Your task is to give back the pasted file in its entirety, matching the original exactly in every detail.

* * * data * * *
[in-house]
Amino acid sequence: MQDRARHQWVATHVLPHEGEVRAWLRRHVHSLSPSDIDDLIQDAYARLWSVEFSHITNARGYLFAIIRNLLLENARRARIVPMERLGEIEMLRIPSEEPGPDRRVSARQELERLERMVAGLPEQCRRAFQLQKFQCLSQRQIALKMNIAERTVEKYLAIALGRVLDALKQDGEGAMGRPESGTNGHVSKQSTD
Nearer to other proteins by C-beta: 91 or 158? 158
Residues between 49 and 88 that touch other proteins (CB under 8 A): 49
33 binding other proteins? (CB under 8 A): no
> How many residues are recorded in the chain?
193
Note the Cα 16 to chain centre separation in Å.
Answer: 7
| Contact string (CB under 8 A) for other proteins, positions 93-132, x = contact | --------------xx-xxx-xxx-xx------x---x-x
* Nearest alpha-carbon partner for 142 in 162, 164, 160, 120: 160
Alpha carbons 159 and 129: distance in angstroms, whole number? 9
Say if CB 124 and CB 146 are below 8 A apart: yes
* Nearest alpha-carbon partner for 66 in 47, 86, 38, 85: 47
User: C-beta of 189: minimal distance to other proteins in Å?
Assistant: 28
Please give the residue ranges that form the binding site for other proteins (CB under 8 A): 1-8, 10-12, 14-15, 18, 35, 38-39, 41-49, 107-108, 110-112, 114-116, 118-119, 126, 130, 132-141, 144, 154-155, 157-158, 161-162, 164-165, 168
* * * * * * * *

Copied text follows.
[in-house]
Amino acid sequence: MQDRARHQWVATHVLPHEGEVRAWLRRHVHSLSPSDIDDLIQDAYARLWSVEFSHITNARGYLFAIIRNLLLENARRARIVPMERLGEIEMLRIPSEEPGPDRRVSARQELERLERMVAGLPEQCRRAFQLQKFQCLSQRQIALKMNIAERTVEKYLAIALGRVLDALKQDGEGAMGRPESGTNGHVSKQSTD
Nearer to other proteins by C-beta: 91 or 158? 158
Residues between 49 and 88 that touch other proteins (CB under 8 A): 49
33 binding other proteins? (CB under 8 A): no
> How many residues are recorded in the chain?
193
Note the Cα 16 to chain centre separation in Å.
Answer: 7
| Contact string (CB under 8 A) for other proteins, positions 93-132, x = contact | --------------xx-xxx-xxx-xx------x---x-x
* Nearest alpha-carbon partner for 142 in 162, 164, 160, 120: 160
Alpha carbons 159 and 129: distance in angstroms, whole number? 9
Say if CB 124 and CB 146 are below 8 A apart: yes
* Nearest alpha-carbon partner for 66 in 47, 86, 38, 85: 47
User: C-beta of 189: minimal distance to other proteins in Å?
Assistant: 28
Please give the residue ranges that form the binding site for other proteins (CB under 8 A): 1-8, 10-12, 14-15, 18, 35, 38-39, 41-49, 107-108, 110-112, 114-116, 118-119, 126, 130, 132-141, 144, 154-155, 157-158, 161-162, 164-165, 168